Longest Linear Sequence: 5 steps
Total Number of Steps: 9 steps (I consider the final two steps as one since they are performed without subsequent purification)

Comment on 1,2,4-Triazole Ring: Yes, I did not prepare the triazole ring directly; however, this seems to be the more efficient route.

Comment on Wittig Reaction: This is the step I am probably the most worried about. The steric bulk from the phenyl group may be enough to slightly favor the desired enantiomer; however, this cannot be determined until further experimentation is performed.

References

  1. Stabile, P.; Lamonica, A.; Ribecai, A.; Castoldi, D.; Guercio, G.; Curcuruto, O. Mild, Convenient and Versatile Cu-mediated synthesis of N-Aryl-2-imidazolidinones. Tetrahedron Lett. (2010) 51 (24). 3232–3235. DOI:10.1016/j.tetlet.2010.04.064
  2. Kundu, D.; Majee, A.; Hajra, A. Indium Triflate-Catalyzed One-Pot Synthesis of 1-Substituted-1H-1,2,3,4-Tetrazoles Under Solvent-Free Conditions. Tetrahedron Lett. (2009) 50 (22). 2668–2670. DOI:10.1016/j.tetlet.2009.03.131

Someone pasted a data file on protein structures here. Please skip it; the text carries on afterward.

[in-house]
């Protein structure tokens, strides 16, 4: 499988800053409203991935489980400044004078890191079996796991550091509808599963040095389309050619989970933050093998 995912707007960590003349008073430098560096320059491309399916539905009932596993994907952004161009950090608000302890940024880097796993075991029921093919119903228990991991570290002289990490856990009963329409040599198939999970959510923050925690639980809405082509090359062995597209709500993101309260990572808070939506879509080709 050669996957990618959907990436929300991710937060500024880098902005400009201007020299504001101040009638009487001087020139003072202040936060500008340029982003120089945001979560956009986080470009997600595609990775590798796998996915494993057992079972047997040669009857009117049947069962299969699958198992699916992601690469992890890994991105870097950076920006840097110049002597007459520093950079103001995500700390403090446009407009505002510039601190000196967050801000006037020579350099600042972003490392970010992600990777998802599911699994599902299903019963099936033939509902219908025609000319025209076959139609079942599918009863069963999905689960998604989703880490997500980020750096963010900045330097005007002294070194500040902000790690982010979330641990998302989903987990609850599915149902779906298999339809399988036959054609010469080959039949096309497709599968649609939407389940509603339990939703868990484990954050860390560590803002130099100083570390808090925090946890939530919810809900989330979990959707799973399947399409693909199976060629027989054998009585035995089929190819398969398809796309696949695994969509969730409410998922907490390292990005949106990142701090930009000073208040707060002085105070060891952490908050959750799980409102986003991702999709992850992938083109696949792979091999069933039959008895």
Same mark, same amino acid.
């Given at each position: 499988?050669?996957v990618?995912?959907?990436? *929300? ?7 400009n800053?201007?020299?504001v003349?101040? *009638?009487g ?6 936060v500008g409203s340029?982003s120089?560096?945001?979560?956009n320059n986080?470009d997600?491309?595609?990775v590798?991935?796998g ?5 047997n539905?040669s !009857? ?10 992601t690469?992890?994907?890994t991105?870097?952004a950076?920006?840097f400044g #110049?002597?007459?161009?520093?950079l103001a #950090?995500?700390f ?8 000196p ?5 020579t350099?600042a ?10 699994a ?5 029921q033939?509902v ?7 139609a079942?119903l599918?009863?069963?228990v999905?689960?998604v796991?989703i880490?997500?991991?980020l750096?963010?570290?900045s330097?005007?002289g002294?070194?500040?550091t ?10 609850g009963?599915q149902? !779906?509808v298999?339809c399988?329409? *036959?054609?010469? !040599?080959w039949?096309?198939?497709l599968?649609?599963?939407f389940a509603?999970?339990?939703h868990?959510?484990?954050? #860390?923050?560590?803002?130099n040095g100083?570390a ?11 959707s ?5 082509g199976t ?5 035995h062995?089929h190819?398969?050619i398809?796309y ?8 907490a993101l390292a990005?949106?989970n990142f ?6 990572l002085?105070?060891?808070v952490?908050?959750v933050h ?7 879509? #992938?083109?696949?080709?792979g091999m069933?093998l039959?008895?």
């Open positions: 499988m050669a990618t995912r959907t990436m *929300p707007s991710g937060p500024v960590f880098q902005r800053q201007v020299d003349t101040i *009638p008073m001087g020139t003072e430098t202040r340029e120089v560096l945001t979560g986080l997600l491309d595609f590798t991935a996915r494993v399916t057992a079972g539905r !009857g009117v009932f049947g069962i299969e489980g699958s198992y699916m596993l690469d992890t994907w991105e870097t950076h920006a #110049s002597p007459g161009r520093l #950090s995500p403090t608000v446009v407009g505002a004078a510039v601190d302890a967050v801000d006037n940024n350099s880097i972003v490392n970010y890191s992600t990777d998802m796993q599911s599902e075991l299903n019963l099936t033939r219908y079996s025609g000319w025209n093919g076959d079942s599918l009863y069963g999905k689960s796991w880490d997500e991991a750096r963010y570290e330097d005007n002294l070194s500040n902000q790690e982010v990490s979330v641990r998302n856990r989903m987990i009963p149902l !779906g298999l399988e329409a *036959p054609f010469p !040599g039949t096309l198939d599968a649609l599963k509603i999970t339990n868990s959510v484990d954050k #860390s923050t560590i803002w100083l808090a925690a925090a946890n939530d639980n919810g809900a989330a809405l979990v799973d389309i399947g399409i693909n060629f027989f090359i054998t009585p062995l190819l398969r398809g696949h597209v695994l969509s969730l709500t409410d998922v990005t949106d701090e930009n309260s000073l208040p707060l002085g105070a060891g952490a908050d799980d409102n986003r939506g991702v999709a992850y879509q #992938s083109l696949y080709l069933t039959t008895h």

3. Shuai, F.; Wang, X.; Zhang, J. Preparation of Dipyridamole Active Pharmaceutical Ingredient. CNIPA Patent 108069972, Nov 16, 2016
  4. Alonso-Alija, Cristina; et al. Preparation of Amino(monocyclic aroyl)pyridinones that Inhibit p38 Map Kinase for use as Antiinflammatory Agents. WIPO Patent 2003076405, Sep. 18, 2003
  5. Sun, Y.; Huang, N.-Y.; Ding, M.-W. Efficient Synthesis of 6-(1H-1,2,4-Triazol-1-yl)-thieno[2,3-d]pyrimidin-4(3H)-ones via an Iminophosphorane. Synth. Commun. (2010) 40 (13). 1985–1991. DOI: 10.1080/00397910903219351
  6. Pratsch, G.; Overman, L. E. Synthesis of 2,5-Diaryl-1,5-dienes from Allylic Bromides Using Visible-Light Photoredox Catalysis. J. Org. Chem. (2015) 80 (22). 11388–11397. DOI:10.1021/acs.joc.5b01962
  7. Myles, L.; Gathergood, N.; Connon, S. J. The Catalytic Versatility of Low Toxicity Dialkyltriazolium Salts: in Situ Modification Facilitates Diametrically Opposed Catalysis Modes in One Pot. Chem. Commun. (2013) 49 (46). 5316. DOI:10.1039/c3cc41588k 
  8. Brandes, B. D.; Jacobsen, E. N. Highly Enantioselective, Catalytic Epoxidation of Trisubstituted Olefins. J. Org. Chem. (1994) 59 (16). 4378–4380. DOI:10.1021/jo00095a009
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    $\begingroup$ Wouldn't protecting carbonyl also break tetrazole? $\endgroup$
    – Mithoron
    May 17 '20 at 21:02